At FieldCore, all of our processes are driven by a lean mindset, focused on driving value for our customers. We are constantly evaluating and re-evaluating our workflows and systems to be able to run service outages safely at an optimal cost and on time without any safety or quality issues.
Gemba walks (visit to actual work sites) have been the most important tool in our lean toolkit. We rely on these walks to embed with our customers and understand what is happening in the field. It was on one of these walks that we saw an obvious lack of standardization around service outage execution and discovered the need for a product like Live Outage for our field teams to use at site. It was a constant source of frustration for our workforce, as it required them to use a bevy of different physical workbooks and documentation from site to site to account for even minute differences in hardware. It was imperative that we did and did it right. In one fell swoop, we were going to replace decades of paper workbooks with digital resources.
Field resources are the lifeblood of our company. They are in the field every day, working with our customers, GE P&L and APM teams. When they succeed, we succeed. So having them in mind, we settled on the base concept which eventually evolved into Live Outage: a synchronized, interlinked, fully digital, mega-repository of data and information on every possible type of outage, with a single goal to simplify how Field resources get hold of, exchange, and communicate outage-related information while onsite executing the outage.
By simplifying our procedures and putting information in the hands of those doing the work, we are able to put appropriate focus on safety and quality while execution is not slowed. We were creating a change in the daily work, away from the way how things were always done. This is a massive shift and a huge innovation, but it’s also a huge undertaking. This is never easy, but it gets especially complicated when we consider the field work perspective.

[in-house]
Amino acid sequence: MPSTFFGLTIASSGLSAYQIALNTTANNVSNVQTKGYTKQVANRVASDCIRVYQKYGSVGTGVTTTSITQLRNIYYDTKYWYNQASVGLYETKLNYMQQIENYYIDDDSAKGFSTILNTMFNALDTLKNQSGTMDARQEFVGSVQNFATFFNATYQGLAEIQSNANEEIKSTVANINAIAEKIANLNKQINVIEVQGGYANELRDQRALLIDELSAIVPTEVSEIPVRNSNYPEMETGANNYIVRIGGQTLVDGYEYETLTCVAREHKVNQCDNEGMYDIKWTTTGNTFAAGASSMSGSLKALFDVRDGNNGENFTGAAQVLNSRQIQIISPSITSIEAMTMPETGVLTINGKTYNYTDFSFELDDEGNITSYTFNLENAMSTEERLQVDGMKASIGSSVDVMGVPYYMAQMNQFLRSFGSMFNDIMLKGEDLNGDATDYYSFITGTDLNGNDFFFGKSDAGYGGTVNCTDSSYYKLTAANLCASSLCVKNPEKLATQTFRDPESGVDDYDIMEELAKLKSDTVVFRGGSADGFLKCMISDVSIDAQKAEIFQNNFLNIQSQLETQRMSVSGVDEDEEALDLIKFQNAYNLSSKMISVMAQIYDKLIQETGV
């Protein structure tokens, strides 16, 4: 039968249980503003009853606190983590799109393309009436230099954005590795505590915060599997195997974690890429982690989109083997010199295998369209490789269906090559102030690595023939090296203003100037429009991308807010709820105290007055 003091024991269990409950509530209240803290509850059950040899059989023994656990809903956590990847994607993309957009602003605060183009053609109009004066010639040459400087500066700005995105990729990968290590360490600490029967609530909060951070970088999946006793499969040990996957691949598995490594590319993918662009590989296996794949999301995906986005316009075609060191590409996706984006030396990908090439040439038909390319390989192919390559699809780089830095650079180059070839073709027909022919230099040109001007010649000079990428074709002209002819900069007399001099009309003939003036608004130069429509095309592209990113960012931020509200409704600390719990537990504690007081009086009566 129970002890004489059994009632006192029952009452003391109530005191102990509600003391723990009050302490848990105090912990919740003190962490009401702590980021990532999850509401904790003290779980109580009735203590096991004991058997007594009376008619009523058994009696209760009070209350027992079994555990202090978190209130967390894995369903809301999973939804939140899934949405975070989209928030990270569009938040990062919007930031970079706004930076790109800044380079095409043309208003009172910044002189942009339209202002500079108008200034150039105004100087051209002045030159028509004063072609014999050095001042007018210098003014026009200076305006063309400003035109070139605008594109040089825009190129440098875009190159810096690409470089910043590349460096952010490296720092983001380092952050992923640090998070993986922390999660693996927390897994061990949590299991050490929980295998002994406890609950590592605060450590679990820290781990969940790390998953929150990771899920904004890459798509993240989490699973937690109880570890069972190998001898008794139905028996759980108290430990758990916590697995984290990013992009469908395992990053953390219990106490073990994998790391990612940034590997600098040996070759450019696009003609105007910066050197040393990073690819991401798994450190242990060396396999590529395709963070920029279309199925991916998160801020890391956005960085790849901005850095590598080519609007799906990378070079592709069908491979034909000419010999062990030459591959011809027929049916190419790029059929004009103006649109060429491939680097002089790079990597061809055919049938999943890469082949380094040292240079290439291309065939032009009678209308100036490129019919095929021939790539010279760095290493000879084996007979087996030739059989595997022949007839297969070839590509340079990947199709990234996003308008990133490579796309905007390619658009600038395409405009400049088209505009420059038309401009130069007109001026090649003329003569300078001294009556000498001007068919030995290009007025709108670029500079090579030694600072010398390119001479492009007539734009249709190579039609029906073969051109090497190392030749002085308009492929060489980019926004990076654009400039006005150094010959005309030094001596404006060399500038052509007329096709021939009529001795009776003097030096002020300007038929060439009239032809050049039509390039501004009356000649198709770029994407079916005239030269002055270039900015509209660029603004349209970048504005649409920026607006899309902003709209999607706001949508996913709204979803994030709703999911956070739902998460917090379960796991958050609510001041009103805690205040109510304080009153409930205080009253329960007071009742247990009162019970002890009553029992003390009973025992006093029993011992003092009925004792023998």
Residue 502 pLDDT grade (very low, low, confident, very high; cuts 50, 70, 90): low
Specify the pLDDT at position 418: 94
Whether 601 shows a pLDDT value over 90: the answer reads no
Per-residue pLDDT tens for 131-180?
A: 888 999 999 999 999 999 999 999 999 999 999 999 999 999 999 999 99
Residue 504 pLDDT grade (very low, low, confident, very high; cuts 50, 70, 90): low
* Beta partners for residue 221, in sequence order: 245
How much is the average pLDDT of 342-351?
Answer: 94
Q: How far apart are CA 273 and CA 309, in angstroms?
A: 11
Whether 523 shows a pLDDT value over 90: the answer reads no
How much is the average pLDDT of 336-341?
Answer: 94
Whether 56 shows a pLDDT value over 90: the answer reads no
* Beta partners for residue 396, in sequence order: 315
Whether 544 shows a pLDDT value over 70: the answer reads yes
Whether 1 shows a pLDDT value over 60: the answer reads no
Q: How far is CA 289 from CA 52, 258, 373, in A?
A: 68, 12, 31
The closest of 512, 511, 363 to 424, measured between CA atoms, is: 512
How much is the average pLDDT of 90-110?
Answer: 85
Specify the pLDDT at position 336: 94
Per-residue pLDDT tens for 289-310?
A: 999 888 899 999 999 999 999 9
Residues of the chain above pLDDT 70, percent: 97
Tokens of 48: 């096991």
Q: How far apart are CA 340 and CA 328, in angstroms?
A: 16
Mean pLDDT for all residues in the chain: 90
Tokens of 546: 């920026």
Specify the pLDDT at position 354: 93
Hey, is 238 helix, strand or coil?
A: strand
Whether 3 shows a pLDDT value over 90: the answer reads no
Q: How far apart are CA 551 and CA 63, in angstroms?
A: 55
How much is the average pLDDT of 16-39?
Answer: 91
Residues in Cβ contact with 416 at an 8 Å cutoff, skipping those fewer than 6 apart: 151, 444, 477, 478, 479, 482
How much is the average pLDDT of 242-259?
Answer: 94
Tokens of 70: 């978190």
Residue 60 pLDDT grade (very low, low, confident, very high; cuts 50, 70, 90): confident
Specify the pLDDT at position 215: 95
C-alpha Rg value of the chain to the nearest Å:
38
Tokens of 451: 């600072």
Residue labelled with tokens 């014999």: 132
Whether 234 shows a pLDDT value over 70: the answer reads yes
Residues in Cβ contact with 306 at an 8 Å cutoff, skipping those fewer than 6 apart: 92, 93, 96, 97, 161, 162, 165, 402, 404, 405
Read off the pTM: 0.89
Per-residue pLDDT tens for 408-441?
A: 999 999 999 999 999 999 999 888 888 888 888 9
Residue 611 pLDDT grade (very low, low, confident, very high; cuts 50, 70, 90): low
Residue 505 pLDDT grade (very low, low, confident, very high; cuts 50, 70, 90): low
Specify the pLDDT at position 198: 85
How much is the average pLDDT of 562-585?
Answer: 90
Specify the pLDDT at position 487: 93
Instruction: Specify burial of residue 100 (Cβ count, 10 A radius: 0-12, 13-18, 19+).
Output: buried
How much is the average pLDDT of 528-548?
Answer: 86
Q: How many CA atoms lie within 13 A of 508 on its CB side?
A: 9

Digitizing the documented processes, guidelines, tasks, activities, contacts, and other minutiae of service outage execution helped FieldCore kill several birds with a single stone:
- We became a more sustainable firm, drastically reducing our overall paper utilization and waste, thus doing our part to mother nature.
- We created a one-stop digital shop for outage-related matters for our workforce on site.
- We transformed and sped up reporting of safety and quality issues, as well as stop-work processes.
- Most importantly, we empowered our Field Teams and gave our customers a detailed, centralized view on outage progress.
Everything we were doing was new: from application development, network coverage and cybersecurity to packaging, logistics, and access. Focusing our attention on improving the lives of our Field workforce gave our work a clear direction, but incidentally, it also meant we couldn’t draw from our previous experiences building and deploying enterprise resource planning (ERP) applications. We had to develop new ways of building new scalable and highly flexible applications: a challenge that Amazon Web Services (AWS) technologies helped us crush.
We run service outages in more than 80 countries around the globe, so our Live Outage application had to be usable anywhere at any point in time. To handle this, the IT team had to rethink its security posture. How could we ensure that our software was accessible from anywhere but also tightly secure, even in remote locations? We can’t spin up a new datacenter every time we work with a new customer in a new country. The answer was simple: investing in cloud services. But let me be clear: this was uncharted territory for us.
Adopting AWS technologies was a large task with an even larger learning curve, but there were advantages to the cloud ecosystem that made the growing pains worthwhile. Namely, the infinite ability to scale compute resources and the next-level security controls and rich features. Additionally, Live Outage was designed to adjust the quality of displayed media based on available bandwidth, automatically translate the checklists and other information to the local language. By relying on AWS for Live Outage and working with our partners at GE and Gas Power IT, we were able to create extremely secure and globally scalable infrastructure with 24/7 monitoring provided by AWS on top of our own telemetry.